Sunday, March 10, 2019

Tonight's Movie: The Most Dangerous Game (1932) at UCLA

Last night at UCLA MEET JOHN DOE (1941) was followed by THE MOST DANGEROUS GAME (1932). Both films were shown as part of UCLA's current series Fay Wray + Robert Riskin.

THE MOST DANGEROUS GAME is a horror/adventure film which stars Joel McCrea and Fay Wray. It's an RKO movie which was screened in 16mm.

The movie was written by James Ashmore Creelman based on the classic short story by Richard Connell. It's been remade multiple times, including as A GAME OF DEATH (1945) and RUN FOR THE SUN (1956).

I read the story in high school, and it made quite an impression. At some point during my high school years I set an alarm and got up to watch the movie in the middle of the night! (The fact it stars longtime favorite Joel McCrea didn't hurt.) In turn some of my kids read the story and watched the movie during their homeschool years.

It had been quite a while since my last viewing and I'd honestly forgotten just how creepy the movie is. I enjoyed it and was glad to have the chance to finally see it on a big screen, but by the end I was also feeling like maybe I've seen it enough times now, as it features some pretty disturbing moments.

McCrea plays Bob, a sportsman and hunter who is the lone survivor of a shipwreck off the shore of a small island. Bob finds a very spooky house on the island owned by Count Zaroff (Leslie Banks). Zaroff is also hosting Eve (Wray) and Martin (Robert Armstrong), a brother and sister who had very recently been shipwrecked just like Bob.

Eve quietly tips Bob off that concerning things have been happening since their arrival, including the disappearance of a couple of crew members who had also survived the shipwreck. Soon after, Martin also disappears, and Bob and Eve later find his body in the Count's "trophy room." I don't do horror well and didn't look at the screen in the trophy room scenes, as I've read that the original unedited very "pre-Code" version is worse than what was shown on commercial TV, and I wasn't sure exactly what I might see!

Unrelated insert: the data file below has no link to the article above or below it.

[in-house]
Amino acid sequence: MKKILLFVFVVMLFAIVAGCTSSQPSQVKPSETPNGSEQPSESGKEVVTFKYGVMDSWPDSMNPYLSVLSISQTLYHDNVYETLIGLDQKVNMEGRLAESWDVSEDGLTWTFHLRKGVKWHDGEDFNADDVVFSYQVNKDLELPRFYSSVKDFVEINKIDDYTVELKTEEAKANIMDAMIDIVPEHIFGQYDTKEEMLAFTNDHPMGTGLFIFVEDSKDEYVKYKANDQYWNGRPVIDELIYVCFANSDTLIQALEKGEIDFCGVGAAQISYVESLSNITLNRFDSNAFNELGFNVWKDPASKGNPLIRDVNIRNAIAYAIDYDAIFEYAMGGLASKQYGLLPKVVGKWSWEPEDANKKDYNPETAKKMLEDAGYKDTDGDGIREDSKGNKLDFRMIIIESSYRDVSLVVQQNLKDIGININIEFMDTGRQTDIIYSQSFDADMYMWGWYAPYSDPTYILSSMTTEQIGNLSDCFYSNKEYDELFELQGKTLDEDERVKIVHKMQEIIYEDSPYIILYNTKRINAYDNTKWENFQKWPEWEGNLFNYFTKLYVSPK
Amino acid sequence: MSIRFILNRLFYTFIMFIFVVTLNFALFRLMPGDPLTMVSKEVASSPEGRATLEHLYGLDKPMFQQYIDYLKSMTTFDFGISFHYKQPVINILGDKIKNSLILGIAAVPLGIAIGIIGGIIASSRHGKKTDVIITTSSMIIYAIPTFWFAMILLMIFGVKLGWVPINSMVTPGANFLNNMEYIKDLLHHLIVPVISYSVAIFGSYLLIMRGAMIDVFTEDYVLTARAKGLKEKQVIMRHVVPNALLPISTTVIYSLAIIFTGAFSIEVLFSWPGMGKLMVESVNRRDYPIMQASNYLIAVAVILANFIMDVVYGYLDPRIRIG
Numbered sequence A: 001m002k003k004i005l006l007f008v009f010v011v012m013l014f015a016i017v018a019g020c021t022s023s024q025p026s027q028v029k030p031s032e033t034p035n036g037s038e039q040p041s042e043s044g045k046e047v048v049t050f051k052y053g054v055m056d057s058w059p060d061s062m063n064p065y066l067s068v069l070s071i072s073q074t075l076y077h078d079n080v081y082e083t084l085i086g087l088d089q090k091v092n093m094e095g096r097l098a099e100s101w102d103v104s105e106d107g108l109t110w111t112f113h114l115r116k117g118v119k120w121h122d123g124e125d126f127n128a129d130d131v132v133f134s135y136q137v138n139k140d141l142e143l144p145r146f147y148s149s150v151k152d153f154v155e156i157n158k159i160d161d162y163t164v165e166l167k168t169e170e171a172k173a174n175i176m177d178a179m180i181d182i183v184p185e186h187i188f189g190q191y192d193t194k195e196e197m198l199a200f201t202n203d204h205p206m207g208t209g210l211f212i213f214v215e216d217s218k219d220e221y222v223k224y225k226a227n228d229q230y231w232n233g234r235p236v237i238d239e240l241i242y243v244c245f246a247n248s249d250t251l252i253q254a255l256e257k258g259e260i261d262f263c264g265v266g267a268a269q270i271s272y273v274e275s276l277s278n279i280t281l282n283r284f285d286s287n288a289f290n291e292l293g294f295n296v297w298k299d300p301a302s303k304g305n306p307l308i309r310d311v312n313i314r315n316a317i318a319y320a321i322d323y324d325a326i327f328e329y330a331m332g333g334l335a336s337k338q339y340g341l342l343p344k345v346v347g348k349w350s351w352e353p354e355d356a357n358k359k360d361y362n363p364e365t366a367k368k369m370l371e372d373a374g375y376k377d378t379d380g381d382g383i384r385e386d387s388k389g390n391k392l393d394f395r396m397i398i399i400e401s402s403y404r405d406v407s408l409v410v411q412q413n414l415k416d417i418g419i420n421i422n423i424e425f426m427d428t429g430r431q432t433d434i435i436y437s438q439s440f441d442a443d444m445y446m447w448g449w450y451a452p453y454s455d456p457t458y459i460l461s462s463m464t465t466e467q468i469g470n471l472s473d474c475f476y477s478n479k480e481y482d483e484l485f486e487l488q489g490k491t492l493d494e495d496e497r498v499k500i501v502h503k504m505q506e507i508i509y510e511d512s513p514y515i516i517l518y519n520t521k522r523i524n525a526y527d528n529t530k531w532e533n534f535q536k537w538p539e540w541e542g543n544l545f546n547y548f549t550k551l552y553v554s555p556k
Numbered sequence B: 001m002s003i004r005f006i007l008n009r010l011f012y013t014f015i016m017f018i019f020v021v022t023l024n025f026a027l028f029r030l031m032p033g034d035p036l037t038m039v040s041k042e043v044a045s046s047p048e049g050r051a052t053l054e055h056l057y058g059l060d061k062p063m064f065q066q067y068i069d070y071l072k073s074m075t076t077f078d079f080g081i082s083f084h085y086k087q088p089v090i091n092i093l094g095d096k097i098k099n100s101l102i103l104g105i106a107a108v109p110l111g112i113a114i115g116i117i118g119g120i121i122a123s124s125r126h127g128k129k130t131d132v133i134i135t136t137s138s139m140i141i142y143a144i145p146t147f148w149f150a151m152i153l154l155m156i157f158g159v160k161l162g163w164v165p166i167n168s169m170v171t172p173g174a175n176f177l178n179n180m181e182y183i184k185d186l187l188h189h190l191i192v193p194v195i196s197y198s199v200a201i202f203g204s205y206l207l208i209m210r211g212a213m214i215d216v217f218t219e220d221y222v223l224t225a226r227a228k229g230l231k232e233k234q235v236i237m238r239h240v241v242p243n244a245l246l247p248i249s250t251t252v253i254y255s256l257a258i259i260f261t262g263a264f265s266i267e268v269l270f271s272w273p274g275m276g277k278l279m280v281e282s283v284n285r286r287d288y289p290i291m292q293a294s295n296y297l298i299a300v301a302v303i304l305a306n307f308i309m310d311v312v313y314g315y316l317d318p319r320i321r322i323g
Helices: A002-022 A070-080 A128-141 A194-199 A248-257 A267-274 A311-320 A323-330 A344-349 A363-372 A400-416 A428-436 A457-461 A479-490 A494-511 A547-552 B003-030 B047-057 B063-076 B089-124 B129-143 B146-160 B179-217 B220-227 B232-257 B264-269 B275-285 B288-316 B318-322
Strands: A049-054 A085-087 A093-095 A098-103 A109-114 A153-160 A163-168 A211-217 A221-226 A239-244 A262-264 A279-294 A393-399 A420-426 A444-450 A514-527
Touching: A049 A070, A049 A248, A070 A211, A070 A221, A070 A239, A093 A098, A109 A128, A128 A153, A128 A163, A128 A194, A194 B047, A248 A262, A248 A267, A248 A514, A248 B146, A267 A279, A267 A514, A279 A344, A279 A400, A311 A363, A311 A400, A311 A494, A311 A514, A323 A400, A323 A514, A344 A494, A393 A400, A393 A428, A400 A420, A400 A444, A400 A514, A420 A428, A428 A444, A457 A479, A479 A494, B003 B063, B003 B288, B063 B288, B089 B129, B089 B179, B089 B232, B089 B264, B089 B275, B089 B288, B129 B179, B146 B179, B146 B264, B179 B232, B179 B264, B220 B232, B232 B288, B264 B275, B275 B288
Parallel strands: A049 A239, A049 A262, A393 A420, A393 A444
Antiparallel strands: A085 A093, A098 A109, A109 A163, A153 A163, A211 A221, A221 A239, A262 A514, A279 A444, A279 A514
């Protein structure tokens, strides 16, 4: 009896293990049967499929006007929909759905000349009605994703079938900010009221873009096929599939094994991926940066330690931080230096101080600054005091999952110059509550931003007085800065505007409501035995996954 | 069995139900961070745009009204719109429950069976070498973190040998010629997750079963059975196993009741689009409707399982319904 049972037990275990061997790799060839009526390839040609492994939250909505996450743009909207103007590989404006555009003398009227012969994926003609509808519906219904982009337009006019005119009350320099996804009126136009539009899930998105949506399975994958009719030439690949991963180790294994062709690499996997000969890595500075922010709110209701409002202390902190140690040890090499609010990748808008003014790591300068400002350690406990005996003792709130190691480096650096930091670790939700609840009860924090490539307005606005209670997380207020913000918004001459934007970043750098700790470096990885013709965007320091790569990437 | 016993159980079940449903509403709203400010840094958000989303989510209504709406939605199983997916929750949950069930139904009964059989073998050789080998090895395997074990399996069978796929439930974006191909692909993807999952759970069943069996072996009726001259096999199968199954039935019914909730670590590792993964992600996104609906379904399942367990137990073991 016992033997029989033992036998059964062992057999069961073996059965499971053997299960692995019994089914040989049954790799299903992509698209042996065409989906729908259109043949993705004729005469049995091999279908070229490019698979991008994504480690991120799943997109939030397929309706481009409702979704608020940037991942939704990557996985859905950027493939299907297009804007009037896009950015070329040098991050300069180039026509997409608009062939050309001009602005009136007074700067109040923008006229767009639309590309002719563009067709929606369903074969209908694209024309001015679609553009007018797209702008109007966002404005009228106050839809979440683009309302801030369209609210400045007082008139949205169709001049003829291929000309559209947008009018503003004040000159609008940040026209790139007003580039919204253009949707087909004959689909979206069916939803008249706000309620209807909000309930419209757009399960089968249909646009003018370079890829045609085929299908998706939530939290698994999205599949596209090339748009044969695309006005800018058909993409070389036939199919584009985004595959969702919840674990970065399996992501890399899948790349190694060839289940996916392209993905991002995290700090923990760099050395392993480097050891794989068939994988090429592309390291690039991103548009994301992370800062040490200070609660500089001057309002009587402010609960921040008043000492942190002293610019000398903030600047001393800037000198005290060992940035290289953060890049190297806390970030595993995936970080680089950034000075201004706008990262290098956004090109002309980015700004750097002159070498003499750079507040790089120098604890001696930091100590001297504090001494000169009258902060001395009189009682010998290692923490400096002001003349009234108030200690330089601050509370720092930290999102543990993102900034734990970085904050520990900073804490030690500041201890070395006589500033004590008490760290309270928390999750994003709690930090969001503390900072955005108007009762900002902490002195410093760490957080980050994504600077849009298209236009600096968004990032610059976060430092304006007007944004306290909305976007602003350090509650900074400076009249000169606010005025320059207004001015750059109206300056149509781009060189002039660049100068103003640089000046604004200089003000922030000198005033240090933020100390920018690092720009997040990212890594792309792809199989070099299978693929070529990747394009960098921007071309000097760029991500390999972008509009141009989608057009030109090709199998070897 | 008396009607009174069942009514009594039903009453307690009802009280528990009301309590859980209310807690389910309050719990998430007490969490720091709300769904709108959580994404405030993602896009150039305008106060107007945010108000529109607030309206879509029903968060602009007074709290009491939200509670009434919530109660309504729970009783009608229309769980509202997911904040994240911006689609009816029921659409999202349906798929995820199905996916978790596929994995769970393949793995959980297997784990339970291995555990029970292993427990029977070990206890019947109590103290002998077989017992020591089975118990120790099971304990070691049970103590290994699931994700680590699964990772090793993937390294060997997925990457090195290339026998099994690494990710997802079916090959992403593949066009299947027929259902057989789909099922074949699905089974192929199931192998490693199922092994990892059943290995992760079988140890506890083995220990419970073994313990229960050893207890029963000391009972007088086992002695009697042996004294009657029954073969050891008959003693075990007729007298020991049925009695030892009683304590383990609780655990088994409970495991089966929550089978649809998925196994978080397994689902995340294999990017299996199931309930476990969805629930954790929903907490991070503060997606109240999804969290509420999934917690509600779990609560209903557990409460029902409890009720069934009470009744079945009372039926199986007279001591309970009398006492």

Bob and Eve soon learn the awful truth: The Count likes to hunt for his "guests" and kill them. He gives Bob and Eve a head start and tells them Bob must stay alive till dawn if he wants to "win" and stay alive. The winner also gets to claim Eve as the "prize." The movie is very pre-Code in its depictions of the Count's the horror scenes, it was honestly a little too pre-Code for me.

Fortunately the movie is a very fast-paced 63 minutes long or the suspense would be unbearable! The creepy unpleasantness is offset by the pleasure of watching the young McCrea and Wray, who are absolutely gorgeous as they run all over the island; McCrea's athleticism makes him very believable as he takes on all comers, and Wray's Eve gamely keeps up with Bob and helps where she can -- in between screaming, of course, at which Wray excelled. I very much enjoyed watching both actors.

Eve was not a character in the original story, but I think adding her character makes the film work much better than it would have if it were just Bob versus the Count. Her presence raises the stakes and also provides the opportunity to verbally explain plans and reactions; otherwise it would have turned into the equivalent of a silent movie at that point in the story. The 1945 and 1956 remakes similarly feature a man and woman on the run.

THE MOST DANGEROUS GAME was directed by Irving Pichel and Ernest B. Schoedsack. It was filmed by Henry W. Gerrard.

The jungle sequences were built on sets also used for KING KONG (1933). Some sources state that the Great Danes used in the chase sequences were borrowed from Harold Lloyd!

THE MOST DANGEROUS GAME is available on DVD from the Criterion Collection. It was also released on VHS.

It's also shown from time to time on Turner Classic Movies.


Blogger Jacqueline T. Lynch said...

Like you, I read the story as a teen, and about the same time is when I first saw this movie, though I can't remember which I experienced first. Loved this movie from the moment I saw it on late-night TV with my twin brother, and have seen it many times since. A favorite of ours so much we can repeat some of the lines -- and occasionally do. Sometimes hiking in the woods we crack each other up with lines about Malay deadfalls and "this island's no bigger than a dear park." It's also fun to pick out the sets that were used as well in KING KONG. Wonderfully atmospheric, and I suppose what I enjoy most is the early 1930s sense of wonder and adventure in a world that was still quite uncharted. Like you as well, I'm not a big fan of horror, so that makes less an impression on me than the explorer/adventure aspect of it.

6:06 AM  
Blogger SimpleGifts said...

So glad you were able to see THE MOST DANGEROUS GAME on the big screen without the Tarn-X commercials! And how nice you were able to chat with Victoria Riskin about your favorite Fay Way films, including THE AFFAIRS OF CELLINI. I remember we saw it together at the Billy Wilder and both marveled at Wray's delightful comic portrayal of the vacuous Angela! Thanks for the great report of your Wray/Riskin evening. Best, Jane

5:33 PM  
Blogger Laura said...

Jacqueline, loved reading your MOST DANGEROUS GAME memories! I wonder how many people first read that story as a teen!

Jane, it was great to see MOST DANGEROUS GAME on a big screen, wide awake and commercial free! :) Wasn't Fay great in AFFAIRS OF CELLINI? A fond memory discovering how funny she could be along with you. Really enjoyed the chance to talk to Victoria, and her book is marvelous!

Best wishes,

8:01 PM  

Post a Comment

<< Home

Newer›  ‹Older